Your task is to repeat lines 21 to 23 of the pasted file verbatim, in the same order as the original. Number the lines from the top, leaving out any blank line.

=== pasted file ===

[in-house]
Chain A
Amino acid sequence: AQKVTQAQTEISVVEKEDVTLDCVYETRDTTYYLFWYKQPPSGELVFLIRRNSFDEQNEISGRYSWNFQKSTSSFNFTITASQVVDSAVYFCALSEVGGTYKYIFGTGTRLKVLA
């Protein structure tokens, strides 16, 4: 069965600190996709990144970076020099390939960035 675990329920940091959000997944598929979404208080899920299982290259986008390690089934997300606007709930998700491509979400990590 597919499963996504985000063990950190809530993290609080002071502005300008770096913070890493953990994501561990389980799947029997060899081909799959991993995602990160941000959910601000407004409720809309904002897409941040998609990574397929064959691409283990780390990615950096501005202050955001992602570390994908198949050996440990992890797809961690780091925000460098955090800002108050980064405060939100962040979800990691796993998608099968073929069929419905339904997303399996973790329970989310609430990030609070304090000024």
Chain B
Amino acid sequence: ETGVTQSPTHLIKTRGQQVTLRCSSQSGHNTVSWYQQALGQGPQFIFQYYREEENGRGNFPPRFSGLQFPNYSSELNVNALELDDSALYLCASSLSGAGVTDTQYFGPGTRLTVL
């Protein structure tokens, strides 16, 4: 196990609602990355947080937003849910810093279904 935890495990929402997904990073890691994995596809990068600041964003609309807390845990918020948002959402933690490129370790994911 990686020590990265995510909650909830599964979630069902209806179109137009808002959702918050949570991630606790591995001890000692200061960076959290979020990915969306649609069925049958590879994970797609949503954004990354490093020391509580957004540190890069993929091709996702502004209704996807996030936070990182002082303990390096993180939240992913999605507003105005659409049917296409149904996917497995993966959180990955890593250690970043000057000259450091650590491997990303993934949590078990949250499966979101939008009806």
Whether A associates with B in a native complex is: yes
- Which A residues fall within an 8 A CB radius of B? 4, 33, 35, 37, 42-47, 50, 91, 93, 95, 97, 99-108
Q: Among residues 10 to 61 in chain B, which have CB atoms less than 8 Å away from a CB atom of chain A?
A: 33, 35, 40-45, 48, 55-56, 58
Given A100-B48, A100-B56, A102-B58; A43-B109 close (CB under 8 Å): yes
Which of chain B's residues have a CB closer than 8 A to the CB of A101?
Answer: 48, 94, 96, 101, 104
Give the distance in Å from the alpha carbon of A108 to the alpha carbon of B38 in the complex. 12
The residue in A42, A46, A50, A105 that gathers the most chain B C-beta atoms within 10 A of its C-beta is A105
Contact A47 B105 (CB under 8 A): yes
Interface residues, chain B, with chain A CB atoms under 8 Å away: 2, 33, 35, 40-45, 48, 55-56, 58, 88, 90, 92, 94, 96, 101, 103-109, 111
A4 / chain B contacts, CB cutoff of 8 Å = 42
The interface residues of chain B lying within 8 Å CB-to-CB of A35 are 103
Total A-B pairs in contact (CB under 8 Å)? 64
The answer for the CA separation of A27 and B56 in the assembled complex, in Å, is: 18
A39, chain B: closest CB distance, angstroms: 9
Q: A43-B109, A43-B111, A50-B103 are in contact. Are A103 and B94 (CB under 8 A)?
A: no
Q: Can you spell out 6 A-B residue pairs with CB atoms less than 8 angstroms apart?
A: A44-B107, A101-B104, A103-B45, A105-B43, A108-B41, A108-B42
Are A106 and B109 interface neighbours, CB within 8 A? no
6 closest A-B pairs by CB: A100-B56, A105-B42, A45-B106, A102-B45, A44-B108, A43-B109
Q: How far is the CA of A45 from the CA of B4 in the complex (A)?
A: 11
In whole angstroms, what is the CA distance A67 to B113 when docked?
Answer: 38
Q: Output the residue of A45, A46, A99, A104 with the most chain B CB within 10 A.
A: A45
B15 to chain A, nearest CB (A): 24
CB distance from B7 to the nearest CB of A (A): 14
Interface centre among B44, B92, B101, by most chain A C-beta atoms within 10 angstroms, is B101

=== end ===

Total A-B pairs in contact (CB under 8 Å)? 64
The answer for the CA separation of A27 and B56 in the assembled complex, in Å, is: 18
A39, chain B: closest CB distance, angstroms: 9